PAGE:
Social Connection Benefits for Cancer Survival

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Hot off the press, courtesy of the Journal of Clinical Oncology, is a study entitled, Marital Status and Survival in Patients With Cancer (Aizer et al). The research, which included more than one million patients, highlights the potentially significant impact that social support can have on cancer detection, treatment, and survival.

Though some researchers had expected such findings, others were surprised by the findings that found "unmarried patients are at significantly higher risk of presentation with metastic cancer, undertreatment, and death resulting from their cancer."

In very clear terms, patients who are married are: 1) more likely to undergo surgical and/or radiotherapeutic management than unmarried patients, 2) are significantly less likely to die of their disease, and 3) are more likely to be treated than their unmarried counterparts.

The study found the survival benefit associated with marriage was larger than the published survival benefit of chemotherapy!

You can also see, hear and read Married Cancer Patients are 20% More Likely to Beat the Disease, which talks about these findings, and was featured earlier this week on NBC Evening News.

But all is not lost for those of us who are single, separated, divorced or widowed! The study's results raise a strong probability that investments in targeted social support interventions could significantly improve the likelihood of improving outcomes among unmarried patients with cancer. The researchers say, "the most effective way to combat the included risks associated with unmarried status in patients with cancer would be to aggressively promote support mechanisms."

In his review of and comments on this research entitled, Marriage Is As Protective As Chemotherapy in Cancer Care, Dr. David W. Kissane, of the Memorial Sloan-Kettering Cancer Center and Weill Cornell Medical College, discusses the challenge of getting single, disconnected people to join support groups, especially after a diagnosis. Clinical depression often results from a cancer diagnosis.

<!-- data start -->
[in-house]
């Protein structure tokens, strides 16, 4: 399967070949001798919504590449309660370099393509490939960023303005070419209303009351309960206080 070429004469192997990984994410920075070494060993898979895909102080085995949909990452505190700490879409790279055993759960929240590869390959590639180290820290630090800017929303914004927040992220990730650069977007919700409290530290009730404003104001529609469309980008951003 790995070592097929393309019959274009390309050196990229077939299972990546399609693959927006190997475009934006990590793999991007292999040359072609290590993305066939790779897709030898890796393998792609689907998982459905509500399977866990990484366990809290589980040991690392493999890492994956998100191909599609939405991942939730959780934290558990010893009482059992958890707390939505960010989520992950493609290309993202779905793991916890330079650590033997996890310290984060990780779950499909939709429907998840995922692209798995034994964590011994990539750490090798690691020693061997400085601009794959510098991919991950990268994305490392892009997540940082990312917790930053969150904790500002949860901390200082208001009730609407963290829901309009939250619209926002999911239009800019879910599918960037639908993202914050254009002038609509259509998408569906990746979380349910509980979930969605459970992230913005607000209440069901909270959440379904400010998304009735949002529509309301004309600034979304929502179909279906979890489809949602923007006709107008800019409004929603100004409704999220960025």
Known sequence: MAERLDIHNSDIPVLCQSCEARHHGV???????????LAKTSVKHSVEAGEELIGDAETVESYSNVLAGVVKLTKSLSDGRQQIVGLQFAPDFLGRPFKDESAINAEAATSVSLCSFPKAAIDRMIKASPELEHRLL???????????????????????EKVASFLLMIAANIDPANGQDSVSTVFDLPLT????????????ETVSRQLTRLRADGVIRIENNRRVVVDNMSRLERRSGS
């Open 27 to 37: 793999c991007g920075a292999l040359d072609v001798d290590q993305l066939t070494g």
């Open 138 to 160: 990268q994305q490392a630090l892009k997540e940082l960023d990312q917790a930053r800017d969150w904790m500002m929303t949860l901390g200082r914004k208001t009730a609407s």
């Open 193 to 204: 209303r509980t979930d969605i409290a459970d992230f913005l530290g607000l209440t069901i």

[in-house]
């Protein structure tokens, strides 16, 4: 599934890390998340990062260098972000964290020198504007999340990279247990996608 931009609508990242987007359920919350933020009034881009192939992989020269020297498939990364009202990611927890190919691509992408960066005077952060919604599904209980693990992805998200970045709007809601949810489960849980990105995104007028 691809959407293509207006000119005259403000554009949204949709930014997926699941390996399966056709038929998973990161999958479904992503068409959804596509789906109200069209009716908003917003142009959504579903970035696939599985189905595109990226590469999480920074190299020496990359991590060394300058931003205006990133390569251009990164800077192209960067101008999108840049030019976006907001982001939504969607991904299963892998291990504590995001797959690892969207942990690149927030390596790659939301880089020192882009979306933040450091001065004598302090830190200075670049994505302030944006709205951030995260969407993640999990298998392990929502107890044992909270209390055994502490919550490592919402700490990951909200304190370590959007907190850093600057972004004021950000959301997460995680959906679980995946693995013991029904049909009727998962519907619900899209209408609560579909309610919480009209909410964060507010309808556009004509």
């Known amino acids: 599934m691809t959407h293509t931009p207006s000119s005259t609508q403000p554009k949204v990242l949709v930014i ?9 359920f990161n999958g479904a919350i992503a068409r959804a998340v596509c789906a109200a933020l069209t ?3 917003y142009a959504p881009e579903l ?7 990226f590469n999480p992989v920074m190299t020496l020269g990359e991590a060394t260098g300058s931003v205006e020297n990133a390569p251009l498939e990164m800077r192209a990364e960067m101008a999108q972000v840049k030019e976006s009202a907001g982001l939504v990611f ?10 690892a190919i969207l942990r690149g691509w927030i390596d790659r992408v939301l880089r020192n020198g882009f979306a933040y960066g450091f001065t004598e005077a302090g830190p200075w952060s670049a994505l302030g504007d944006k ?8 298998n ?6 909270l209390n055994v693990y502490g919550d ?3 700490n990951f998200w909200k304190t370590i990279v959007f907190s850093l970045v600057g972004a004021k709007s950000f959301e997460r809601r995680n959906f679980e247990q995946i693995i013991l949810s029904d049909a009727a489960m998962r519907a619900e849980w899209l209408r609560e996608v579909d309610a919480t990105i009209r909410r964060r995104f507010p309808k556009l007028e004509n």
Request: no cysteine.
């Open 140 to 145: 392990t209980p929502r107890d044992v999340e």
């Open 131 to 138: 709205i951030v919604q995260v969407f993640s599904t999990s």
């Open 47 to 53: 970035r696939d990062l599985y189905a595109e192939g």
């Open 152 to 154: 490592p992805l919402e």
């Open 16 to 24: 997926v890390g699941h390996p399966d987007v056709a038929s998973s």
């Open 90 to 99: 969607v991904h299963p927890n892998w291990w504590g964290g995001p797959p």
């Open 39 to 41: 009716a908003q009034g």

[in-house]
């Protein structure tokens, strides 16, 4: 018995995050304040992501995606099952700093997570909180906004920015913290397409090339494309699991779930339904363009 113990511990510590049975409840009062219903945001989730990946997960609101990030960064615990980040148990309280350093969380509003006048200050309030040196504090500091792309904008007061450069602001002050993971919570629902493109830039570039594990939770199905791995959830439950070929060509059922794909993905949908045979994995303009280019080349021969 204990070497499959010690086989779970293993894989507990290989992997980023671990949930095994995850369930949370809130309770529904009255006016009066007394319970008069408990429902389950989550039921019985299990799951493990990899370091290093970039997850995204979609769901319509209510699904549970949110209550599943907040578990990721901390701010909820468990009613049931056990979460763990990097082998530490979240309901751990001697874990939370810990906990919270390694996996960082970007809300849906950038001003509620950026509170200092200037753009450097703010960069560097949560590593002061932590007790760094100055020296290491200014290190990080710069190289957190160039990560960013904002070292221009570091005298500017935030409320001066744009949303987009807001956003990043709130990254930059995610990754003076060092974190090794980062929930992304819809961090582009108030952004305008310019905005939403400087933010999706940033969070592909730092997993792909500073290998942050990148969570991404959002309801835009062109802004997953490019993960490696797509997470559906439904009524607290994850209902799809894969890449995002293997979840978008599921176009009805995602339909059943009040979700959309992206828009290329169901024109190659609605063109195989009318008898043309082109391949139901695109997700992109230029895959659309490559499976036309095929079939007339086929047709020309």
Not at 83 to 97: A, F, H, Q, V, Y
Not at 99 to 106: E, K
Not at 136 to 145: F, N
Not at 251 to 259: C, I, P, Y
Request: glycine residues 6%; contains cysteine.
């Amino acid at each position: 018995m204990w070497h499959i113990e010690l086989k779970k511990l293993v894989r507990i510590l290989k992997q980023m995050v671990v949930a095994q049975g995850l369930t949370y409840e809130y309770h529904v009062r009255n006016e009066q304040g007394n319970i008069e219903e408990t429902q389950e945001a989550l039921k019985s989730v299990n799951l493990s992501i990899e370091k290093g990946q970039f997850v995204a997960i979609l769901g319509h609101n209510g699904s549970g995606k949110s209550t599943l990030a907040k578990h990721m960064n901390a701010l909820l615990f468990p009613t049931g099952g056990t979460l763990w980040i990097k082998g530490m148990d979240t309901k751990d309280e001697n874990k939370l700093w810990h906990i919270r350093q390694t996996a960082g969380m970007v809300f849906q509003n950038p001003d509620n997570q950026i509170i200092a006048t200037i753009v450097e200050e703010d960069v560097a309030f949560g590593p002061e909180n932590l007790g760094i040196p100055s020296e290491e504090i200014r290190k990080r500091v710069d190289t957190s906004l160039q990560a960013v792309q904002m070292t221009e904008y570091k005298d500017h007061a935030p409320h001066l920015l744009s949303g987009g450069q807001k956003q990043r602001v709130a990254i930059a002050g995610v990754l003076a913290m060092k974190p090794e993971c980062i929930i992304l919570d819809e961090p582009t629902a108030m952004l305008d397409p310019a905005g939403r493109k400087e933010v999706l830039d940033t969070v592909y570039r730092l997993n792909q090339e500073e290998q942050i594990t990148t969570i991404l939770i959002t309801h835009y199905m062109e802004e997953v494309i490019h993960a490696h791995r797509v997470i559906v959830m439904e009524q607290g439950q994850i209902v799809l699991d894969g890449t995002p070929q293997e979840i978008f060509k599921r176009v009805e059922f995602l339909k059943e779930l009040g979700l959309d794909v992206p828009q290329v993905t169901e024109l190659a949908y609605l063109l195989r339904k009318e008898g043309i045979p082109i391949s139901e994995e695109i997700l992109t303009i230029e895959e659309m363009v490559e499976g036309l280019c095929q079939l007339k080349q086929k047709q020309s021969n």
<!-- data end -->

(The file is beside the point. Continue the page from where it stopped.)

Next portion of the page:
The public's mantra must be to help people get more and more connected, and to encourage and push both our medical facilities and providers to see the necessity of building strong personal communities - personal safety nets - as part of their philosophy and service - so all can have an equal, better and more long-lasting life. Let's all spread the word!Dr. Kissane recommends communication skills training as well as more and better support services on the part of oncologists, hospitals and public health agencies. But maybe his best approach is to espouse ideas central to building a personal safety net: ". . . we are tribal people, drawn into connection with one another to share what is most meaningful and fulfilling in life. Or medicine needs to follow a parallel paradigm: healing care that is both person - and family - centered in its expression." (We're also adding "community" centered to Dr. Kissane's thoughts.